Assistant secretary for financial markets, U.S. Department of the Treasury
Throughout the debt-ceiling debate, one question loomed above all others: When exactly might the U.S. default on its debt? The person who’d know is Matthew Rutherford. As the Treasury Department’s assistant secretary for financial markets, he’s in charge of managing the country’s public debt. Rutherford coordinates the team that tracks the government’s daily cash flows, monitoring the bills that come in and the payments that go out in real time. He also runs the Treasury Department’s bond auctions, deciding when to issue what amount of debt to make sure the government is financed as cheaply as possible.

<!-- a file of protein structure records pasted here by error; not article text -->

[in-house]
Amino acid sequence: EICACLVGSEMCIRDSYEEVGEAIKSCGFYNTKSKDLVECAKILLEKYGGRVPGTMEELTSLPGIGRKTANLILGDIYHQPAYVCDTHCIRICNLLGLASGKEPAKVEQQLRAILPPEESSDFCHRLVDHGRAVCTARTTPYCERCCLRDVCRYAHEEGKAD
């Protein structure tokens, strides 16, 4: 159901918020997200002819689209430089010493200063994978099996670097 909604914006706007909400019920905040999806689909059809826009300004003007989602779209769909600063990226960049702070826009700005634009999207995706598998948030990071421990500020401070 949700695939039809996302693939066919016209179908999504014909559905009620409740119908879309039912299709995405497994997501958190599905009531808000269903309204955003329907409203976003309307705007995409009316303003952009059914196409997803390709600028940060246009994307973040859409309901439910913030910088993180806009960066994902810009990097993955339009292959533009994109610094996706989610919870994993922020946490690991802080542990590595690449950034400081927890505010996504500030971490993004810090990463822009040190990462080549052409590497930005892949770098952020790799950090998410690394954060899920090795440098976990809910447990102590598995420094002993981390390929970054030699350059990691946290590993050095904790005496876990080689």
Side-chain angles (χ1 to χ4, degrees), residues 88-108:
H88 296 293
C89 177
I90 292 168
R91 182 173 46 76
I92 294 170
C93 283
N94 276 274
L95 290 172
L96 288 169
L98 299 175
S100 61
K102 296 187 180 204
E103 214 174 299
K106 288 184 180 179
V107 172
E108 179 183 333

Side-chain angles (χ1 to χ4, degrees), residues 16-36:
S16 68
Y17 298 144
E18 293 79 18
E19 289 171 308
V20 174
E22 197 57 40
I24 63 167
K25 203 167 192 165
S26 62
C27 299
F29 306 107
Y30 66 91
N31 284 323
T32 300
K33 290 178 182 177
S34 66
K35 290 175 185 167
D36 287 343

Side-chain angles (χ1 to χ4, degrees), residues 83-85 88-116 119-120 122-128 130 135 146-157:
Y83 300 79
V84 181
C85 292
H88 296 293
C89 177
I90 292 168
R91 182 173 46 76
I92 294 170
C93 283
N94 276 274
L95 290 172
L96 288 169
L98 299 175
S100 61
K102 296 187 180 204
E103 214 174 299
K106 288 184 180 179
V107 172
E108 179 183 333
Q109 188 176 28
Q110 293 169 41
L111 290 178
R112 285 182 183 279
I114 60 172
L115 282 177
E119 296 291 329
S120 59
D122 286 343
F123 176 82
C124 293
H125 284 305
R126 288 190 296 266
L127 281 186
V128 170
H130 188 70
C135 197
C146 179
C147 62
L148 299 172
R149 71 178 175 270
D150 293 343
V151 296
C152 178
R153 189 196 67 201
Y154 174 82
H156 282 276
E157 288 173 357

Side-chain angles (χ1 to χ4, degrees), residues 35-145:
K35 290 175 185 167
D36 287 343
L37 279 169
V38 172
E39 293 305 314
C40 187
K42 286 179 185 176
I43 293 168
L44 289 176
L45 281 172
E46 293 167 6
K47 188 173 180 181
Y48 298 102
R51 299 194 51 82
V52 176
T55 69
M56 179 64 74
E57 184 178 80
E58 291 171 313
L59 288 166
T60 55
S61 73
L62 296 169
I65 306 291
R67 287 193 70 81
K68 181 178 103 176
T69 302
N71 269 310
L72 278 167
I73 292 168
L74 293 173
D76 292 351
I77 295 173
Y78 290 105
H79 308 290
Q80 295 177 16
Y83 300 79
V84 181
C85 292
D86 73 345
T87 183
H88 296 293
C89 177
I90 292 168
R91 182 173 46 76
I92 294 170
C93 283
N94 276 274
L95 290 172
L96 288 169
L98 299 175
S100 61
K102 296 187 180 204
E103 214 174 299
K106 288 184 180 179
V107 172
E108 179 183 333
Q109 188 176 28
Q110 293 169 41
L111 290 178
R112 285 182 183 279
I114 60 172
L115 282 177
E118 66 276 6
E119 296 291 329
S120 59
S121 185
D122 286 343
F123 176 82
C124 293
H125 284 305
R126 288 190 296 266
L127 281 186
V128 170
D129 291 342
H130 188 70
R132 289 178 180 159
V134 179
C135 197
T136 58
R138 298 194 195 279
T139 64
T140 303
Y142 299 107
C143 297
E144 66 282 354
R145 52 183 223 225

This is the third crisis Rutherford has weathered in his five years at Treasury. During the 2008 financial meltdown, the then-30-year-old market analyst had the unenviable task of delivering bad news about Wall Street to Treasury Secretary Hank Paulson first thing each morning. In 2011 he was part of Treasury Secretary Timothy Geithner’s inner circle, working nights and weekends through the summer as Congress put off raising the borrowing limit until the U.S. was two days from default. “Matt has a very cool head in times of stress,” says Mark Patterson, Geithner’s chief of staff from 2009 to 2013. “They’re very similar in that regard: high IQ, small ego.”